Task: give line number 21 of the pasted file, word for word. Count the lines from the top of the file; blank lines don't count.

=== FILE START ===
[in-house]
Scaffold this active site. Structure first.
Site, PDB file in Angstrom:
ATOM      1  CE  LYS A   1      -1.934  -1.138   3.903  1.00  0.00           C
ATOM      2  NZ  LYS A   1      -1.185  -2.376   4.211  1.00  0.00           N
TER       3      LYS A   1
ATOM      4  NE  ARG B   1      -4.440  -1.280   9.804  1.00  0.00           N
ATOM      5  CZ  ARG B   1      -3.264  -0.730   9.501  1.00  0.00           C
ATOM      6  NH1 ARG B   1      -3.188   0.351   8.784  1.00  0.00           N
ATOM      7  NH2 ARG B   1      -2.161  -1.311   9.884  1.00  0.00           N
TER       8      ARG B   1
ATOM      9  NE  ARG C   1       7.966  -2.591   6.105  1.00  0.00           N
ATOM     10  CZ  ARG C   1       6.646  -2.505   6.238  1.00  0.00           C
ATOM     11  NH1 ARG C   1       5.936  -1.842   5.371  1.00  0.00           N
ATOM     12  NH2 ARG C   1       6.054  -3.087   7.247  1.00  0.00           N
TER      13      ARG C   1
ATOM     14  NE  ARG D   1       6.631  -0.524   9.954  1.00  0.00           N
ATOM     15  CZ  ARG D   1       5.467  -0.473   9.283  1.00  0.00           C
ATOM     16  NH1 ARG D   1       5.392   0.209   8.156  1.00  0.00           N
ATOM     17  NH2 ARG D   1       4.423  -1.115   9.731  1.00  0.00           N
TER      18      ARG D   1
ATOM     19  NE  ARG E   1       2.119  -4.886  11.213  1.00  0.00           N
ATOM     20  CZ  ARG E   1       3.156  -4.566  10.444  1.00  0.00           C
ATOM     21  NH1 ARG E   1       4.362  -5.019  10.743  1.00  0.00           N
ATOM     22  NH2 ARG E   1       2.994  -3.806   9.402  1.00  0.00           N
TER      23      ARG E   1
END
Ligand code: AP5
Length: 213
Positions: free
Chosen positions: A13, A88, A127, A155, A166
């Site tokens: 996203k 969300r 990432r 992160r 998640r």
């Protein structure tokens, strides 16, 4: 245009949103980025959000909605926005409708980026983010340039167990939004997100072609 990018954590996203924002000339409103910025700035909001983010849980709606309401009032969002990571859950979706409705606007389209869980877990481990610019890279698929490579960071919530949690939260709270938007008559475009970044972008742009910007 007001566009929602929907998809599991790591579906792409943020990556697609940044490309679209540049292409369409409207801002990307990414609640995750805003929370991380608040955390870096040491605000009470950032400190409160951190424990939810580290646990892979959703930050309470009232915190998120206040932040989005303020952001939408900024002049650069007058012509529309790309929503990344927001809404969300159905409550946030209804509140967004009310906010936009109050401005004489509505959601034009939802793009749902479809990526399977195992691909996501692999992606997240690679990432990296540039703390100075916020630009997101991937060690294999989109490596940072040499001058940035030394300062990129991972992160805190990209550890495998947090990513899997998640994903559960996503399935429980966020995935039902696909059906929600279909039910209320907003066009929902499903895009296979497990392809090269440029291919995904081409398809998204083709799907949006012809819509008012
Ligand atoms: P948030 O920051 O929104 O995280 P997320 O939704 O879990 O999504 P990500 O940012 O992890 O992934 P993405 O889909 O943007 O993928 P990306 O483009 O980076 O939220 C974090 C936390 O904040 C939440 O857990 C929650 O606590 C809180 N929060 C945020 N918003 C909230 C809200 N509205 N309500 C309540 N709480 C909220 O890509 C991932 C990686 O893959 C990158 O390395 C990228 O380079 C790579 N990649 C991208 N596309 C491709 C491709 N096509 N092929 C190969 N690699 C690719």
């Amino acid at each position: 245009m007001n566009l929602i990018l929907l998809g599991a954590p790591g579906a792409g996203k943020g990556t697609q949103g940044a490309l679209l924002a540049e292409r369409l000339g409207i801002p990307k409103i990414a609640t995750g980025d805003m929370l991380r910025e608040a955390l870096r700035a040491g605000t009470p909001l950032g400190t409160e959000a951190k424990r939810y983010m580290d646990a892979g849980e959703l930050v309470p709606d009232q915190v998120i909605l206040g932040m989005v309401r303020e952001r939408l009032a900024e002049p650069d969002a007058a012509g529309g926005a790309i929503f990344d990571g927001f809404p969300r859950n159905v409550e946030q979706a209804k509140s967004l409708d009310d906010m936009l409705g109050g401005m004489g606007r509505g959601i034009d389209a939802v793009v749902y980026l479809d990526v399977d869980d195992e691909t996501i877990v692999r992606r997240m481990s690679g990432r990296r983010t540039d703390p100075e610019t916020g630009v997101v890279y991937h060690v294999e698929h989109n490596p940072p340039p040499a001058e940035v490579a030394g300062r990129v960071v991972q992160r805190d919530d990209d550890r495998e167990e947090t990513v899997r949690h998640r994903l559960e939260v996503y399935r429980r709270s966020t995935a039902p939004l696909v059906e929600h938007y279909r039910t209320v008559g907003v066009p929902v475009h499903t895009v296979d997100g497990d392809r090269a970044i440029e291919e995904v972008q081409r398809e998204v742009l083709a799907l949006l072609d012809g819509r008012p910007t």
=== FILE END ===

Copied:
TER      18      ARG D   1